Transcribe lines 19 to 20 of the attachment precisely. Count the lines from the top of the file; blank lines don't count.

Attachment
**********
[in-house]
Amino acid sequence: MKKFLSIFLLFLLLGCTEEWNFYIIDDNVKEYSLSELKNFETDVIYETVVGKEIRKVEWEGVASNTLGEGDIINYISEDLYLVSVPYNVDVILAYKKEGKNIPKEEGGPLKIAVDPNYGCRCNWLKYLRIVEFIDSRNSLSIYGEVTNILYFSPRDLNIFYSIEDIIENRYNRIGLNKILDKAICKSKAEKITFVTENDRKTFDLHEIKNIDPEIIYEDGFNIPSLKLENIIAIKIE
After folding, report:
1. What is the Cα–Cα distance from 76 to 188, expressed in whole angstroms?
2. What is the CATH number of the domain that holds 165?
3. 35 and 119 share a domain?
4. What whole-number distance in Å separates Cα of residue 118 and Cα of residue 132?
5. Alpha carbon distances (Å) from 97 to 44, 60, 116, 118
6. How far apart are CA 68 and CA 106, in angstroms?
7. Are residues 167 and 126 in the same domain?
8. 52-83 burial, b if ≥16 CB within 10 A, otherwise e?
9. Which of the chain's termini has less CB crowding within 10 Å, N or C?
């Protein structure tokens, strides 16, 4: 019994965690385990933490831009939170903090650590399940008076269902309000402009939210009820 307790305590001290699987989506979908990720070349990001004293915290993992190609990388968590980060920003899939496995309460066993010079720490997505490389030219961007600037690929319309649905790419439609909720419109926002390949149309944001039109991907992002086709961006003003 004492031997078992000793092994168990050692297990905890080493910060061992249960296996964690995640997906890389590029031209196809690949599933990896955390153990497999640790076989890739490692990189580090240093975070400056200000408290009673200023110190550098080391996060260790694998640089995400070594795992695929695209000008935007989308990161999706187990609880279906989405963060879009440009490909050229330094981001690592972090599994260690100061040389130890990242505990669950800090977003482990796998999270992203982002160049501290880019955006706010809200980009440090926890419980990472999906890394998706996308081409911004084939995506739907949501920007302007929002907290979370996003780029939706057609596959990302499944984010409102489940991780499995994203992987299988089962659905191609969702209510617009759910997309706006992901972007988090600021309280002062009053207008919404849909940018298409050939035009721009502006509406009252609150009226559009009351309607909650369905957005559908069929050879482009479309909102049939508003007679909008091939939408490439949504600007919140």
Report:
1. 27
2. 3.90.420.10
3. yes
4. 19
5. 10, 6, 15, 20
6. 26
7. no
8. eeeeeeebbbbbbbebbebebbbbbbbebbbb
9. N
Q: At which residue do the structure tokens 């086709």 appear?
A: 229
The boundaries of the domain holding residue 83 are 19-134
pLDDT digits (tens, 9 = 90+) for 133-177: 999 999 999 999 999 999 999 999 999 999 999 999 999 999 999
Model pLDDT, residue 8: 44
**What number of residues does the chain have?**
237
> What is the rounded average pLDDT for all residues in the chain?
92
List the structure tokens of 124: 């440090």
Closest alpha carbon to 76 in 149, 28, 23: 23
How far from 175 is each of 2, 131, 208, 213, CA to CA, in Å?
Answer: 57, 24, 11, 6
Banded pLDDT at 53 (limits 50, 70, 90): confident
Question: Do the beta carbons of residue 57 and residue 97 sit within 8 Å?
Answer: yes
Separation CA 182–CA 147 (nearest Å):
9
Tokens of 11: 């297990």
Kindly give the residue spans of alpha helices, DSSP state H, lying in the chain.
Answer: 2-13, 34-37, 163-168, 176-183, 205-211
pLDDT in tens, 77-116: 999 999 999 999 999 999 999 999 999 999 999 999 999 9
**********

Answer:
5. 10, 6, 15, 20
6. 26